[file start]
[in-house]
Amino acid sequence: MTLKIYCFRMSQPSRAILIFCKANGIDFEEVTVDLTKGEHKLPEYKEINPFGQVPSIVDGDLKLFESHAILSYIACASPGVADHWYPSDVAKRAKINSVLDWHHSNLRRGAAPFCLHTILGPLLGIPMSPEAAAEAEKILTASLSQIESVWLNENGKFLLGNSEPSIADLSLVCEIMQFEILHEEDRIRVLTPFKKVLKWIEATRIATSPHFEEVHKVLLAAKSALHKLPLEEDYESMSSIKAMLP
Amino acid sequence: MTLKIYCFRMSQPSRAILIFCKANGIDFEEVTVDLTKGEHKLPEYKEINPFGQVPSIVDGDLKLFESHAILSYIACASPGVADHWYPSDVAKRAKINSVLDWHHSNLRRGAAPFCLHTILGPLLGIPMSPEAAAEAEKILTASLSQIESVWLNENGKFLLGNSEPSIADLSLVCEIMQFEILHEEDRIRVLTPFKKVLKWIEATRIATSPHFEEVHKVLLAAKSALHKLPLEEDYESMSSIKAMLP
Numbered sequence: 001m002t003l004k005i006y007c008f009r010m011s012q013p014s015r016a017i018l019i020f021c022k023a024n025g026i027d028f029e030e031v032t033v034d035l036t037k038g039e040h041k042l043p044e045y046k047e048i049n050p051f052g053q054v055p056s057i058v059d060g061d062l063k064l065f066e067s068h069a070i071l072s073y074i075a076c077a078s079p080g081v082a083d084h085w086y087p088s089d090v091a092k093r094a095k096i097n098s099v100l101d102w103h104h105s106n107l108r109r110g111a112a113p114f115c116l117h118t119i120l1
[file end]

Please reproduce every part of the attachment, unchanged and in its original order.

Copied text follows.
[in-house]
Amino acid sequence: MTLKIYCFRMSQPSRAILIFCKANGIDFEEVTVDLTKGEHKLPEYKEINPFGQVPSIVDGDLKLFESHAILSYIACASPGVADHWYPSDVAKRAKINSVLDWHHSNLRRGAAPFCLHTILGPLLGIPMSPEAAAEAEKILTASLSQIESVWLNENGKFLLGNSEPSIADLSLVCEIMQFEILHEEDRIRVLTPFKKVLKWIEATRIATSPHFEEVHKVLLAAKSALHKLPLEEDYESMSSIKAMLP
Amino acid sequence: MTLKIYCFRMSQPSRAILIFCKANGIDFEEVTVDLTKGEHKLPEYKEINPFGQVPSIVDGDLKLFESHAILSYIACASPGVADHWYPSDVAKRAKINSVLDWHHSNLRRGAAPFCLHTILGPLLGIPMSPEAAAEAEKILTASLSQIESVWLNENGKFLLGNSEPSIADLSLVCEIMQFEILHEEDRIRVLTPFKKVLKWIEATRIATSPHFEEVHKVLLAAKSALHKLPLEEDYESMSSIKAMLP
Numbered sequence: 001m002t003l004k005i006y007c008f009r010m011s012q013p014s015r016a017i018l019i020f021c022k023a024n025g026i027d028f029e030e031v032t033v034d035l036t037k038g039e040h041k042l043p044e045y046k047e048i049n050p051f052g053q054v055p056s057i058v059d060g061d062l063k064l065f066e067s068h069a070i071l072s073y074i075a076c077a078s079p080g081v082a083d084h085w086y087p088s089d090v091a092k093r094a095k096i097n098s099v100l101d102w103h104h105s106n107l108r109r110g111a112a113p114f115c116l117h118t119i120l1